Paying tribute to the web with View Source

By DHH

The web isn’t just another software platform. It’s the greatest software platform the world has ever seen. And yet even in its obvious glory, we’re still learning how to be grateful for all its constituent parts. Take View Source, for example.

I owe much of my career to View Source. It’s what got me started with web development in the first place. Going to sites that I liked, learning how they did what they did. Yes, I also bought a bunch of animal books from O’Reilly, and I read WIRED’s Webmonkey, and the web was full of tutorials even then. But it’s not the same. Seeing how something real is built puts the individual pieces of the puzzle together in a way that sample code or abstract lessons just don’t.

I’m clearly not alone in this story. Jason learned HTML the same way. Lots of people on the internet owe their formative steps to the marvelous wonder that is View Source.

Unfortunately View Source has been receding in recent years. Building stuff for the web has never been more complicated. And few of these new tools, frameworks, or techniques have seemed to prioritize making the web readable through View Source. That’s a real shame, because progress needn’t be the enemy of learning.

Take source maps. JavaScript has flourished in the same timeframe that View Source has been receding. In part because Babel, and other transpilers, as well as Webpack, and other bundlers, made it easier to build bigger things with features from The Future of JavaScript and entire dialects like TypeScript and CoffeeScript. But the output of these tools are usually difficult for humans to read, especially once they’ve been minified. That’s where those source maps come in.

A source map allow developers to see the code as it was written by the creator. Complete with comments, understandable variable names, and all the other help that makes it possible for programmers to understand code. And as a bonus, it’s only sent over the wire when the user has the dev tools open in their browser.

But source maps have long been seen merely as a local development tool. Not something you ship to production, although people have also been doing that, such that live debugging would be easier. That in itself is a great reason to ship source maps.

And so is wanting to pay tribute to the web. To the heritage that is View Source. To make it easier for people who want to tinker, learn, or audit the code that runs in our browsers. The interactive development tools available in modern browsers make this an amazing experience, if you can read the code.

It’s akin to the Right To Repair. Don’t glue your application together in such a way that it won’t come apart for people who’re inclined to inspect what’s under the hood.

Source maps alone aren’t enough, though. Sending humanely readable HTML and CSS is just as important. Modern web applications are a harmony of HTML, CSS, and JavaScript. To understand the app, you need to be able to understand all of its parts.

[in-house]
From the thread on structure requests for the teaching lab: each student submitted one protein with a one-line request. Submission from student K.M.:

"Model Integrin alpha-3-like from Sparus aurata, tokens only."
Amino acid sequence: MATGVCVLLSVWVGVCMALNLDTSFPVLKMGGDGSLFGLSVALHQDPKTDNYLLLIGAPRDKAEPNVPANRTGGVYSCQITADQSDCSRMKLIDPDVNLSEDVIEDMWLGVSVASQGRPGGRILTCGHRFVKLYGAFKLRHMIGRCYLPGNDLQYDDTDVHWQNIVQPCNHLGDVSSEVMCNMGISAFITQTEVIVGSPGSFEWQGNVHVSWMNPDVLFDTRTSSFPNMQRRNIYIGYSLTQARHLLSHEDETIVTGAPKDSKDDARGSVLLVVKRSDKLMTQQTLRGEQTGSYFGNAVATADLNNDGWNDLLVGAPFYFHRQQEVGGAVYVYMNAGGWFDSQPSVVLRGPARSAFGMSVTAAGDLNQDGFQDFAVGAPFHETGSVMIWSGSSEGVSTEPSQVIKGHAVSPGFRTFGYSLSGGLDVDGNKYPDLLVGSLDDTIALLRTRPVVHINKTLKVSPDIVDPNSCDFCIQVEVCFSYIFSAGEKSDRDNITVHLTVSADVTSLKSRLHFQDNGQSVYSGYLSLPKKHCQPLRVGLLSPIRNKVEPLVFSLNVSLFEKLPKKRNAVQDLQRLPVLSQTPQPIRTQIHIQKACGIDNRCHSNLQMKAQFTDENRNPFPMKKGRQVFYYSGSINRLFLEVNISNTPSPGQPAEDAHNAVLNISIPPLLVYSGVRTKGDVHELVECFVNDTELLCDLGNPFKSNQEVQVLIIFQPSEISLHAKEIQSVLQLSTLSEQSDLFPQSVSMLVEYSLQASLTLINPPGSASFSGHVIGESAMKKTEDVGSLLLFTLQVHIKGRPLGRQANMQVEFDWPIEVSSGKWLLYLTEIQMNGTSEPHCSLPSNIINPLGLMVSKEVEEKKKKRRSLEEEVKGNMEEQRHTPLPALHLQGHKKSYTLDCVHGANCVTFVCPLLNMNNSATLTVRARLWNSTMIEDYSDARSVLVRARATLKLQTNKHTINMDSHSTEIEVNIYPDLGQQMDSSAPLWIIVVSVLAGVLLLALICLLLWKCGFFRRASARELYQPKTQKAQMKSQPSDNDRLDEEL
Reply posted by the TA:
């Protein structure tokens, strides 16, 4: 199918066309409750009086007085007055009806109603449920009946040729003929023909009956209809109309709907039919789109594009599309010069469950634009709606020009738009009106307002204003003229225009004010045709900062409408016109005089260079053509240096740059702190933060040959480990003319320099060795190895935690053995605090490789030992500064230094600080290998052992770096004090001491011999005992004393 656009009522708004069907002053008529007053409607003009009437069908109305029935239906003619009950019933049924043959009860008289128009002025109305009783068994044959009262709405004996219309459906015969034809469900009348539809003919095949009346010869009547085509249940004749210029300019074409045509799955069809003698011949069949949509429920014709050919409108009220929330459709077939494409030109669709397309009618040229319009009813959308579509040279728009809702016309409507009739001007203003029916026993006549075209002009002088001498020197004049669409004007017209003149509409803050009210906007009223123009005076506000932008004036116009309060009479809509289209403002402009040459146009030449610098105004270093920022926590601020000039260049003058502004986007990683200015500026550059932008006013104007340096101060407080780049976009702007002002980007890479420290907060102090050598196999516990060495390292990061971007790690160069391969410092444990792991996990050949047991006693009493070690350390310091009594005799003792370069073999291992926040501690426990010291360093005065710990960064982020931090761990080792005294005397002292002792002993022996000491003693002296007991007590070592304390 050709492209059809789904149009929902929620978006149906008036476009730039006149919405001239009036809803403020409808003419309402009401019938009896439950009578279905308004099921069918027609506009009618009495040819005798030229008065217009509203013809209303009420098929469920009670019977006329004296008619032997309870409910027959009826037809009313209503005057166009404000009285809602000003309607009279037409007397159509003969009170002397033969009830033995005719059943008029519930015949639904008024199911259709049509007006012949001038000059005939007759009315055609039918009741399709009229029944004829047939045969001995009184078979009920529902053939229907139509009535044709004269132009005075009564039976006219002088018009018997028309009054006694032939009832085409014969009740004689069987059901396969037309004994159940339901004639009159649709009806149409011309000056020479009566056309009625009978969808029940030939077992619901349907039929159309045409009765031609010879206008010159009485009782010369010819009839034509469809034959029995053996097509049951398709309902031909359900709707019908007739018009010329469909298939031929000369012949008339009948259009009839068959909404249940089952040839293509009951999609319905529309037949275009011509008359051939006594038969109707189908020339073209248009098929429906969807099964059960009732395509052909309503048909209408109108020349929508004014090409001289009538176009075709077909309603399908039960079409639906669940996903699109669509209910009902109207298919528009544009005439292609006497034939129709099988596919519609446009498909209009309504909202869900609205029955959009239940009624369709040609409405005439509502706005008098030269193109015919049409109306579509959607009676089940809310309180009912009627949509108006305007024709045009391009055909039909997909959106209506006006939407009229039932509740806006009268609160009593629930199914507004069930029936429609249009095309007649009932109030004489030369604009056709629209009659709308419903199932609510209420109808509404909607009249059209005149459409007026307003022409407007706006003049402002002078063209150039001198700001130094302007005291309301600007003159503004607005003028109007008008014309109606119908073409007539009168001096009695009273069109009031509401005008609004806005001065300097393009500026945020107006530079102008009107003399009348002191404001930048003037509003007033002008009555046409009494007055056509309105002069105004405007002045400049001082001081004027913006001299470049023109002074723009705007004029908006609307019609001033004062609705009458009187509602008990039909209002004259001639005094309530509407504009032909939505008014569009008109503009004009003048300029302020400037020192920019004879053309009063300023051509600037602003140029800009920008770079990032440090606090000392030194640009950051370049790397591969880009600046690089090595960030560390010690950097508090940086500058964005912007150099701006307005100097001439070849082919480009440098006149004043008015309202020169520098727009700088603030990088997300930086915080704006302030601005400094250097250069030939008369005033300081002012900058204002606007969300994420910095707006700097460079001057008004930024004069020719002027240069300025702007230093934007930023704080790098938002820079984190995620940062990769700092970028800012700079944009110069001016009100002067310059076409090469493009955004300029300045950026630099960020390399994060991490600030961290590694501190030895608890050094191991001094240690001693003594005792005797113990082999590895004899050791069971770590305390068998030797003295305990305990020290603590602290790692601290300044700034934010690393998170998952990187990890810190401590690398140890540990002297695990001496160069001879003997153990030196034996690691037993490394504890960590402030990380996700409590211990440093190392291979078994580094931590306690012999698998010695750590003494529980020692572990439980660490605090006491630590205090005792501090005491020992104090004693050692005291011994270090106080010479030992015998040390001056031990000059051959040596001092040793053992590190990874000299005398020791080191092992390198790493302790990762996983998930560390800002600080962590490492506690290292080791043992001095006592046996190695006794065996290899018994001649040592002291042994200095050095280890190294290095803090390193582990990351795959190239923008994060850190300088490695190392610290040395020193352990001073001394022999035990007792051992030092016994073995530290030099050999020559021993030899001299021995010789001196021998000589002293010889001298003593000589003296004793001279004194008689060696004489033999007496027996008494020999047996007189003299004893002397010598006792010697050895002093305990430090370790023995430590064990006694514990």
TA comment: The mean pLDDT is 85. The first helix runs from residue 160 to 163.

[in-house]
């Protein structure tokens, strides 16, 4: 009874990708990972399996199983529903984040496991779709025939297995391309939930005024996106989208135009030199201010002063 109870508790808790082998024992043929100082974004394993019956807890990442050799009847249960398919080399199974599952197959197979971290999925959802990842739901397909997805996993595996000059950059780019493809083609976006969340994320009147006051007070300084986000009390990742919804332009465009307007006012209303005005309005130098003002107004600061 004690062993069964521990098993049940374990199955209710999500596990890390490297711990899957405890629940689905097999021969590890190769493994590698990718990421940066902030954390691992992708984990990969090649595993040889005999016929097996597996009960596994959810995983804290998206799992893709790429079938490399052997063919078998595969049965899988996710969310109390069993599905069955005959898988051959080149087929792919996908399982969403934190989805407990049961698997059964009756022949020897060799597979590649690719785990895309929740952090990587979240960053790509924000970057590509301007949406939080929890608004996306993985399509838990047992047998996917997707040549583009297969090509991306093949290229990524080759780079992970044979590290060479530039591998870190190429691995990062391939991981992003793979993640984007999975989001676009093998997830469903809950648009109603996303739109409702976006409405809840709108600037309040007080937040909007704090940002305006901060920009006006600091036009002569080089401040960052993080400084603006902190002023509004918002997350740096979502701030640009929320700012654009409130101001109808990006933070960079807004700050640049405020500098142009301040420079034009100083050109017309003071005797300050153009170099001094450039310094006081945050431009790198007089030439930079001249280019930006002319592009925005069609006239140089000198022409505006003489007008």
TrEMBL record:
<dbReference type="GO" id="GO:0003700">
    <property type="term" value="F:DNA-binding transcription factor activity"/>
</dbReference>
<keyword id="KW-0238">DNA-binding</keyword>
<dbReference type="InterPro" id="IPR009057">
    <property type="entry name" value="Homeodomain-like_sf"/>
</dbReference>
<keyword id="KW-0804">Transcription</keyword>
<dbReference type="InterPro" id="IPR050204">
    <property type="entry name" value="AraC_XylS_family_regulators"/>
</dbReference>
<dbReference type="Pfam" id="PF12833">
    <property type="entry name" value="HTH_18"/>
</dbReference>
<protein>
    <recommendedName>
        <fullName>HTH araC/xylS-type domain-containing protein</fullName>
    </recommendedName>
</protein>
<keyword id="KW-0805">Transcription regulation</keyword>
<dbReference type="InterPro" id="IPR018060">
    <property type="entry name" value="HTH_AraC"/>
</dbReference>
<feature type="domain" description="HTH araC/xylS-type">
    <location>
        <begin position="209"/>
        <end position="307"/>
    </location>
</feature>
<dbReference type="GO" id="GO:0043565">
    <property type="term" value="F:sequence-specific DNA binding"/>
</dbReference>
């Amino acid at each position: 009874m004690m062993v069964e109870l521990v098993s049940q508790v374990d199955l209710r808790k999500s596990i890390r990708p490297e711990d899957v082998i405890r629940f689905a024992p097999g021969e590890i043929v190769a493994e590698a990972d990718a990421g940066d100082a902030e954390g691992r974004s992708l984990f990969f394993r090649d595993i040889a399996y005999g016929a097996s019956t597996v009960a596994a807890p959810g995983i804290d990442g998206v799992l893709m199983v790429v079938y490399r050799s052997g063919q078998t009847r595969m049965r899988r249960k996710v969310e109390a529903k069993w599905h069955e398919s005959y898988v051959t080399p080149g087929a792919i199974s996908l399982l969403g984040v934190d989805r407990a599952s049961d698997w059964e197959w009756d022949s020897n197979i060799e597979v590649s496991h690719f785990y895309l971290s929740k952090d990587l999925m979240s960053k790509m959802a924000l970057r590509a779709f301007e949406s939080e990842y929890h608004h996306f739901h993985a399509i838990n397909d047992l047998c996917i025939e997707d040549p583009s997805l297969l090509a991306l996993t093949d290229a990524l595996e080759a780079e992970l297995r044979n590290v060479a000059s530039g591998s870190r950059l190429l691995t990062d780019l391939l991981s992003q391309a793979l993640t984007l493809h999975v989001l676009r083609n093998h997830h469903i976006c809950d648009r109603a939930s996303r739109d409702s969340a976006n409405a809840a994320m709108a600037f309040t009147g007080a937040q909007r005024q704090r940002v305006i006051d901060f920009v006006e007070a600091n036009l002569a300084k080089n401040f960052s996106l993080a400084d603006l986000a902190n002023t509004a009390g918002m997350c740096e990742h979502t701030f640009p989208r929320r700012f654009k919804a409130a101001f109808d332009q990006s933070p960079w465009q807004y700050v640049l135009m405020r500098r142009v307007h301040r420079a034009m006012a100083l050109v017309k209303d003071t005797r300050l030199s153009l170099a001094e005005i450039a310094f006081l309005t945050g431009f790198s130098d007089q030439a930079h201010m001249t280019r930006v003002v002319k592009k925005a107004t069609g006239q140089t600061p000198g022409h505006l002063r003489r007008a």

At Basecamp, we’ve long been on the this track with our HTML and CSS. We follow the BEM CSS naming convention, and if you introspect any of the markup and styling, you really can understand what’s going on.

But as Tom Dale pointed out when I ranted about compiler barf in HTML over the weekend, we hadn’t done our part when it comes to making our JavaScript readable via View Source. That was a mistake. And we’re rectifying it in part today!

Learn how we use Stimulus by reading the pure, unminified source code!

All the JavaScript that runs Basecamp 3 under Webpack now has source maps available! We’re still looking into what it’ll take to get source maps for the parts that were written for the asset pipeline using Sprockets, but all our Stimulus controllers are compiled and bundled using Webpack, and now they’re easy to read and learn from.

Additional, Rails 6 just committed to shipping source maps by default in production, also thanks to Webpack. You’ll be able to turn that feature off, but I hope you won’t. The web is a better place when we allow others to learn from our work.

That’s a mission that’s near and dear to my heart at Basecamp. It’s why we open source so much of all the software we write. I’d say a good 90% of all the code that runs Basecamp is open source in form of Ruby on Rails, Turbolinks, Stimulus, and the myriad of other packages we’ve released over the decades.

I like to think of Basecamp as a teaching hospital. The care of our users is our first priority, but it’s not the only one. We also take care of the staff running the place, and we try to teach and spread everything we learn. Pledging to protect View Source fits right in with that.

The web is just a marvel of a platform. So unique. So empowering. It’s easy to just fall into the trap of “what can the web do for me, for my business, for my customers”. Some times it’s worth taking a step back and ask yourself: What can I do for the web? One answer: Protect and promote View Source.